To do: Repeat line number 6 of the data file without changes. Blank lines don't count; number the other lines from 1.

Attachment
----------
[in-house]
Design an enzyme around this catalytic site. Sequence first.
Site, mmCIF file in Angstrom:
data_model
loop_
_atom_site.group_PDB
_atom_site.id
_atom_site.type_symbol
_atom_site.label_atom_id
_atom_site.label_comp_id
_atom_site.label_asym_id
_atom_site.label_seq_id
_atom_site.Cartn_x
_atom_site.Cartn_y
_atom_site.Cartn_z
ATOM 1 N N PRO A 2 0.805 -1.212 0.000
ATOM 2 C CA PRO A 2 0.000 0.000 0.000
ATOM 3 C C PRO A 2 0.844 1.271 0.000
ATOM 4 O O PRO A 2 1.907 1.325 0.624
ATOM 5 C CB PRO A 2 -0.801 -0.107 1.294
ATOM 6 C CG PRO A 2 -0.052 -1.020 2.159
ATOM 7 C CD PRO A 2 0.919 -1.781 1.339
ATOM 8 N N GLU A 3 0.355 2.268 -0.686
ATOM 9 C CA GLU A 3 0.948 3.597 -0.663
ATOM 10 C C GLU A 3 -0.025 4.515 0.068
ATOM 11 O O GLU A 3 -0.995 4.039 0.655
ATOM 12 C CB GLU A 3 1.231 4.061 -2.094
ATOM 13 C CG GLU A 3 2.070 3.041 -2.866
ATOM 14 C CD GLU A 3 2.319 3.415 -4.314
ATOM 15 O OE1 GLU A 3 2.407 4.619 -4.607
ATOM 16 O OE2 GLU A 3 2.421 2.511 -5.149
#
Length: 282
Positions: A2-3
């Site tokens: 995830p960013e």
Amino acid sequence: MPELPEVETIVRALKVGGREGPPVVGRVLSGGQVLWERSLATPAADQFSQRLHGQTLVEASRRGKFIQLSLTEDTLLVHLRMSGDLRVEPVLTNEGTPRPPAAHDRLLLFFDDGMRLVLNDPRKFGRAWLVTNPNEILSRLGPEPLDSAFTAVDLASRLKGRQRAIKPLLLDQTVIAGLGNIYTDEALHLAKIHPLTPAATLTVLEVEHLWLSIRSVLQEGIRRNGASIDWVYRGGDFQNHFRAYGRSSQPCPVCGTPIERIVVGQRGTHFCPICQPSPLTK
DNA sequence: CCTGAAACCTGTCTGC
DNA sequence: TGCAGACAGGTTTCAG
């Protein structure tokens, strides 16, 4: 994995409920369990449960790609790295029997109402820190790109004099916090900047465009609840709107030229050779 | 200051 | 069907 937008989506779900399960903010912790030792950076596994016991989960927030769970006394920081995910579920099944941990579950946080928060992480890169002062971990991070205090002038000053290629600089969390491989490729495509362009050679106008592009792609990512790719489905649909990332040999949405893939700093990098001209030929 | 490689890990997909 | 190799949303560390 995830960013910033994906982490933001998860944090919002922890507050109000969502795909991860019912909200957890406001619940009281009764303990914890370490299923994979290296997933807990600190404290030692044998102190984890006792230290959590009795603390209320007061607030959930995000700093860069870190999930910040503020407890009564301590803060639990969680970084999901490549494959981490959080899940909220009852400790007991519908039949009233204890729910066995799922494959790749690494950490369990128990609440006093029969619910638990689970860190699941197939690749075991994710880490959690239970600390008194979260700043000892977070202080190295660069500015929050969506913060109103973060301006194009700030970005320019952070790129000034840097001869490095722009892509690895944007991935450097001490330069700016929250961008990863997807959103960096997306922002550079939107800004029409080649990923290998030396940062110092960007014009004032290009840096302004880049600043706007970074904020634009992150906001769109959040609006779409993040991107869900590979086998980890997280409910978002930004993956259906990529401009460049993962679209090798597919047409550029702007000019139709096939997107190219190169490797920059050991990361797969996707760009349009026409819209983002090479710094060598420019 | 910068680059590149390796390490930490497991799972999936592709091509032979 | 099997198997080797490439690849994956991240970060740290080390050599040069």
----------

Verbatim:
_atom_site.group_PDB